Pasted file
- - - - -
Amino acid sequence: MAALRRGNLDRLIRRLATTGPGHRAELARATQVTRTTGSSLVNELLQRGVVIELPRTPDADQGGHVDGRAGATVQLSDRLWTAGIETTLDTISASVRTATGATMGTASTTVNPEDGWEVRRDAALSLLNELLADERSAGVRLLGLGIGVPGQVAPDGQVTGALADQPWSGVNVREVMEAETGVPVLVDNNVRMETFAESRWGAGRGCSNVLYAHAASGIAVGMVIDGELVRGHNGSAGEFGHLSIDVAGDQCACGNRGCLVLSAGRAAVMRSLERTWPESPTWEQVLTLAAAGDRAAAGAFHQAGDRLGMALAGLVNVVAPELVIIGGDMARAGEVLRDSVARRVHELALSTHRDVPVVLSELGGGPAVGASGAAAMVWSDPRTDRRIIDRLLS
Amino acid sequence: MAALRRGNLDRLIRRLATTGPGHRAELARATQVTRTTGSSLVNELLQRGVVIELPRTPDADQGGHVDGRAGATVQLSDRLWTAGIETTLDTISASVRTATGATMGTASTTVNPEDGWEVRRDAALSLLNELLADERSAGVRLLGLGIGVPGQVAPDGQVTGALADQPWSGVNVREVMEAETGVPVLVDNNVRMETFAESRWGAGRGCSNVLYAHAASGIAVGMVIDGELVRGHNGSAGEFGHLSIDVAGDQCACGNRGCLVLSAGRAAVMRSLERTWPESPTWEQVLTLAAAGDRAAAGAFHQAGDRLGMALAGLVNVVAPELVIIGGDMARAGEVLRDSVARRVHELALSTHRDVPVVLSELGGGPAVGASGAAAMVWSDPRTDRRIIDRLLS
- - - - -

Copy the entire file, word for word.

Amino acid sequence: MAALRRGNLDRLIRRLATTGPGHRAELARATQVTRTTGSSLVNELLQRGVVIELPRTPDADQGGHVDGRAGATVQLSDRLWTAGIETTLDTISASVRTATGATMGTASTTVNPEDGWEVRRDAALSLLNELLADERSAGVRLLGLGIGVPGQVAPDGQVTGALADQPWSGVNVREVMEAETGVPVLVDNNVRMETFAESRWGAGRGCSNVLYAHAASGIAVGMVIDGELVRGHNGSAGEFGHLSIDVAGDQCACGNRGCLVLSAGRAAVMRSLERTWPESPTWEQVLTLAAAGDRAAAGAFHQAGDRLGMALAGLVNVVAPELVIIGGDMARAGEVLRDSVARRVHELALSTHRDVPVVLSELGGGPAVGASGAAAMVWSDPRTDRRIIDRLLS
Amino acid sequence: MAALRRGNLDRLIRRLATTGPGHRAELARATQVTRTTGSSLVNELLQRGVVIELPRTPDADQGGHVDGRAGATVQLSDRLWTAGIETTLDTISASVRTATGATMGTASTTVNPEDGWEVRRDAALSLLNELLADERSAGVRLLGLGIGVPGQVAPDGQVTGALADQPWSGVNVREVMEAETGVPVLVDNNVRMETFAESRWGAGRGCSNVLYAHAASGIAVGMVIDGELVRGHNGSAGEFGHLSIDVAGDQCACGNRGCLVLSAGRAAVMRSLERTWPESPTWEQVLTLAAAGDRAAAGAFHQAGDRLGMALAGLVNVVAPELVIIGGDMARAGEVLRDSVARRVHELALSTHRDVPVVLSELGGGPAVGASGAAAMVWSDPRTDRRIIDRLLS